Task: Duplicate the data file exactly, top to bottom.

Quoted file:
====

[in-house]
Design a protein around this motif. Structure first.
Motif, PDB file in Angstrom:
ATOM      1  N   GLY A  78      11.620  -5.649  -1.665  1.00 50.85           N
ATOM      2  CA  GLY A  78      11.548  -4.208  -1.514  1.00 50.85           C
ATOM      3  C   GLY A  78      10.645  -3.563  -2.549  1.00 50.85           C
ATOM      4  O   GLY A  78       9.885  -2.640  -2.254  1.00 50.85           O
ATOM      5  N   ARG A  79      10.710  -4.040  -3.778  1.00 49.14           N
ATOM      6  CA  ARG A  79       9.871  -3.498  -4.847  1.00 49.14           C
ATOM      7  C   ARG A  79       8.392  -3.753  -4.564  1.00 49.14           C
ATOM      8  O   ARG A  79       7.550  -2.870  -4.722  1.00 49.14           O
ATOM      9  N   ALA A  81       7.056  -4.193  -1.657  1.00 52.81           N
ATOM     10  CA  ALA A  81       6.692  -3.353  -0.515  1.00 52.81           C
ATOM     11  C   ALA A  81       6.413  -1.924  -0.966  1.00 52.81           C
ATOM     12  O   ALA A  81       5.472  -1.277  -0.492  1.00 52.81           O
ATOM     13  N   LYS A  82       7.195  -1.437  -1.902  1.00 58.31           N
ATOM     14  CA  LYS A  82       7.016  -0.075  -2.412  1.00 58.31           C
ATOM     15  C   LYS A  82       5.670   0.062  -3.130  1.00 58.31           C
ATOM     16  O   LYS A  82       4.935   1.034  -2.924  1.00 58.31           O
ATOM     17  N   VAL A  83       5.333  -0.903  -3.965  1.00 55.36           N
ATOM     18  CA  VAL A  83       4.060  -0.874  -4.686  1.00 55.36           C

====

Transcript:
[in-house]
Design a protein around this motif. Structure first.
Motif, PDB file in Angstrom:
ATOM      1  N   GLY A  78      11.620  -5.649  -1.665  1.00 50.85           N
ATOM      2  CA  GLY A  78      11.548  -4.208  -1.514  1.00 50.85           C
ATOM      3  C   GLY A  78      10.645  -3.563  -2.549  1.00 50.85           C
ATOM      4  O   GLY A  78       9.885  -2.640  -2.254  1.00 50.85           O
ATOM      5  N   ARG A  79      10.710  -4.040  -3.778  1.00 49.14           N
ATOM      6  CA  ARG A  79       9.871  -3.498  -4.847  1.00 49.14           C
ATOM      7  C   ARG A  79       8.392  -3.753  -4.564  1.00 49.14           C
ATOM      8  O   ARG A  79       7.550  -2.870  -4.722  1.00 49.14           O
ATOM      9  N   ALA A  81       7.056  -4.193  -1.657  1.00 52.81           N
ATOM     10  CA  ALA A  81       6.692  -3.353  -0.515  1.00 52.81           C
ATOM     11  C   ALA A  81       6.413  -1.924  -0.966  1.00 52.81           C
ATOM     12  O   ALA A  81       5.472  -1.277  -0.492  1.00 52.81           O
ATOM     13  N   LYS A  82       7.195  -1.437  -1.902  1.00 58.31           N
ATOM     14  CA  LYS A  82       7.016  -0.075  -2.412  1.00 58.31           C
ATOM     15  C   LYS A  82       5.670   0.062  -3.130  1.00 58.31           C
ATOM     16  O   LYS A  82       4.935   1.034  -2.924  1.00 58.31           O
ATOM     17  N   VAL A  83       5.333  -0.903  -3.965  1.00 55.36           N
ATOM     18  CA  VAL A  83       4.060  -0.874  -4.686  1.00 55.36           C